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AFGHANISTAN: Appeal for cash to feed 4.5 million people

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KABUL, 9 July 2008 (IRIN) – The government of Afghanistan and the UN on 9
July launched a Joint Emergency Appeal for over US$404 million to provide an
emergency safety-net for 4.5 million vulnerable Afghans who have been pushed
into “high-risk” food-insecurity.

This significant portion of Afghanistan’s total estimated population of 26.6
million has fallen into the “high risk” category due to high food prices,
drought and a sharp decrease in domestic agricultural production.

“This appeal for over $404 million aims to ensure the food security of
450,000 urban and rural households that have been hit hardest by worldwide food
price hikes. A further 300,000 farming families will receive vital livestock and
agricultural assistance, while 550,000 women and children under five years old
will receive help to protect them from malnutrition,” said the appeal, which was
launched in Kabul.

“Afghanistan is facing a food crisis which will turn into a human catastrophe
if donors do not act promptly,” Karim Khalili, the country’s second
vice-president, said.

Bo Asplund, the UN humanitarian coordinator and deputy special representative
of the Secretary-General, said there was an urgent need to deliver “life-saving”
aid to the most vulnerable Afghans.

“The needs are great and the time is limited… We urge donors to step forward
with commitments of support that will enable us to provide essential food, water
and health services to vulnerable groups over the next 12 months,” said Asplund.

The new appeal covers more people and is intended for a longer period than
the first joint emergency appeal, which was launched in January but has only
reached about 33 percent of its targeted 2.55 million people to date.

Insecurity, logistical and import hurdles have complicated and delayed aid
delivery to a number of needy communities, but UN and Afghan officials say the
January appeal will be completed by the end of August.

Food-insecurity

Prices of wheat and wheat flour, the main staples for Afghans, have gone up
by 200 percent country-wide over the past year, according to the appeal.

Some 12 million Afghans (42 percent of the population) live below the poverty
line, with per capita incomes of 45 US cents per day or less. These people are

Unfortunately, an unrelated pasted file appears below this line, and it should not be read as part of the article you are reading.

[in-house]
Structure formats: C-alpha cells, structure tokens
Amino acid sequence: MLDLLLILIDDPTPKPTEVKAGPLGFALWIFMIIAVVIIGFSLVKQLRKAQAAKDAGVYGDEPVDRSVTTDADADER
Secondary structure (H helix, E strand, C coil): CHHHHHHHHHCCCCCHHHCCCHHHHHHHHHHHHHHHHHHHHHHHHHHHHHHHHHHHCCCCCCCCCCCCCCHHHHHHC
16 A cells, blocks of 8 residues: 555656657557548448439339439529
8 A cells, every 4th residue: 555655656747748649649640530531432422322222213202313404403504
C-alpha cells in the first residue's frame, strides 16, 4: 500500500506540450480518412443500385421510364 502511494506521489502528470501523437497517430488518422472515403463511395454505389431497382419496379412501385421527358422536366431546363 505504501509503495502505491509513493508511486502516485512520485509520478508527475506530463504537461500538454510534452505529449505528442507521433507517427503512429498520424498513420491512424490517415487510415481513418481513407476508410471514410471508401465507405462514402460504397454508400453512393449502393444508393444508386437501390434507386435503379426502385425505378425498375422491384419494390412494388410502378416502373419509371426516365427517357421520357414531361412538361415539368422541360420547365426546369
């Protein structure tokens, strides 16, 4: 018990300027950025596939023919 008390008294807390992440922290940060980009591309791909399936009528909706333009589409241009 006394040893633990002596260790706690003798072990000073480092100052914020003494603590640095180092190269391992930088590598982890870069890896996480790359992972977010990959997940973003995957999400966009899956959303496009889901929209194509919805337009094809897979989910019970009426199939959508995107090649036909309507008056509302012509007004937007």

unable to meet their basic food requirements, according to the appeal.

About 85 percent of Afghan households spend most of their income on food, the
findings of a National Risk and Vulnerability Assessment (NRVA) say.

Most affected by the unprecedented hikes in food prices, severe drought and
the failure of rain-fed agriculture (which accounts for 35 percent of domestic
production) are “small farmers, landless people, nomads and casual labourers”,
aid agencies said.

The worsening food-insecurity has sparked concerns about increasing
malnutrition among under-five children, lactating and pregnant women.

The Ministry of Public Health said “preliminary results of the ongoing rapid
nutrition assessment in 22 of the country’s 34 provinces show Global Acute
Malnutrition of 19.7 percent and Severe Acute Malnutrition of 6.7 percent in
6-58 month old children.”

“Twenty four percent of lactating women are malnourished and 19 percent of
pregnant women have a poor nutrition status,” it added.

Avoiding “a prolonged relief situation”

About 50 percent of the requested funding is intended for food aid, which
will be distributed by the UN World Food Programme (WFP) and its local partners,
mostly through food-for-work projects.

The appeal includes various other components – such as health, water and
sanitation, temporary shelter, livestock recovery and agriculture support
activities – to be implemented within 12 months (July 2008 – July 2009).

The government will lead the implementation phase in close collaboration with
UN agencies and national and international non-governmental organisations.

“The appeal also aims to avoid a prolonged relief situation… This will help
avoid another emergency appeal,” Second Vice-President Khalili said.

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Written by afghandevnews

July 9, 2008 at 10:51 pm

Posted in Aid, Food security

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